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In 2 Sets
- 36 Tracks, 1.49.25
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I re-recorded the given gregorian chant in a nice cozy plush cat tower (our cat love it).
Took that recording, de-reverbed it (yes, there’s a plugin for that). Then added reverb, more reverb, different brands of reverb, some layers of different pitch, even more reverbs. Recorded, mixed and treated in Gleetchlab.
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Disquiet Junto Project 0063: Gregorian-orian-ian
This week’s project involves the role of architectural spaces in the composition of music. It is a shared-sample project that takes a piece of Gregorian chant as its source material.
These are the steps:
Step 1: Download this OGG audio file that contains a recording of monks singing Gregorian chant at the Abbey of Sant’Antimo in Italy:
Step 2: Play back that recording loudly in a highly reverberant space and record it. Your best bet may be a bathroom.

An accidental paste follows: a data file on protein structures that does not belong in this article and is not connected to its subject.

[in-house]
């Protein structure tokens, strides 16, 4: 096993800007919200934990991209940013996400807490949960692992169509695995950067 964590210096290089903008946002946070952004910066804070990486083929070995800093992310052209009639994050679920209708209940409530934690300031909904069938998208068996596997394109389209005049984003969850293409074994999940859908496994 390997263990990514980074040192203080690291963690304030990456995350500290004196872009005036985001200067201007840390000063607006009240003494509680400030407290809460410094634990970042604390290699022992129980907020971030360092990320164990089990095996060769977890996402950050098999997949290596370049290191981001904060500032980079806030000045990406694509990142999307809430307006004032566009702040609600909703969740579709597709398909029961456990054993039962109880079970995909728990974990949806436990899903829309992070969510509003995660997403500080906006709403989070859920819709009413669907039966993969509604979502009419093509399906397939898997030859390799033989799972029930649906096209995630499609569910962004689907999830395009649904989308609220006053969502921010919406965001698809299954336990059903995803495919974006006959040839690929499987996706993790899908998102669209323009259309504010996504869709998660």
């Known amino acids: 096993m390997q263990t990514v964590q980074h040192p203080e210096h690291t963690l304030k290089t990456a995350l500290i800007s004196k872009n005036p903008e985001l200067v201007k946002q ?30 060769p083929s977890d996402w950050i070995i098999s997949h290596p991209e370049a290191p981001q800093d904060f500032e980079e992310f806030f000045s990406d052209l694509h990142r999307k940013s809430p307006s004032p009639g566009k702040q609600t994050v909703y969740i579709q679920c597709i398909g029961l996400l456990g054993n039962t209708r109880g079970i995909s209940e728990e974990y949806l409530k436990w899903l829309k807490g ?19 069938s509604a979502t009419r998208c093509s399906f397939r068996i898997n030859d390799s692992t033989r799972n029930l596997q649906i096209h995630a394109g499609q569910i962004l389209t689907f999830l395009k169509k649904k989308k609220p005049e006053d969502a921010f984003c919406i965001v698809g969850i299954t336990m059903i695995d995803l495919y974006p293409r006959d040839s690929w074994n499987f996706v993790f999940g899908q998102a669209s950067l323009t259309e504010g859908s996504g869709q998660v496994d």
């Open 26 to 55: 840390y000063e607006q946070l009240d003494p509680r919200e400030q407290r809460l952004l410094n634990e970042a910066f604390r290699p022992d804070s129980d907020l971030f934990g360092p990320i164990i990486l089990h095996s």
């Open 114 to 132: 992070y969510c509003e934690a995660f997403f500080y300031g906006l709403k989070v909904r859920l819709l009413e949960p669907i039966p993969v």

Step 3: Create a new piece of music using the recording you just made as your primary source material. You cannot add any new source material. You can manipulate the audio recording as you please, but restrict yourself to effects that simulate echo, such as delay, reverb, and looping. You may also use the original OGG file, but only in addition to your own recording of it being played back in the reverberant space.
Background: For additional thinking on the role that architecture has played in the evolution of music, this 2010 talk by David Byrne is recommended:
More on this 63th Disquiet Junto project at:
More details on the Disquiet Junto at:
The source of this piece is a recording of monks singing Gregorian chant at the Abbey of Sant’Antimo in Italy: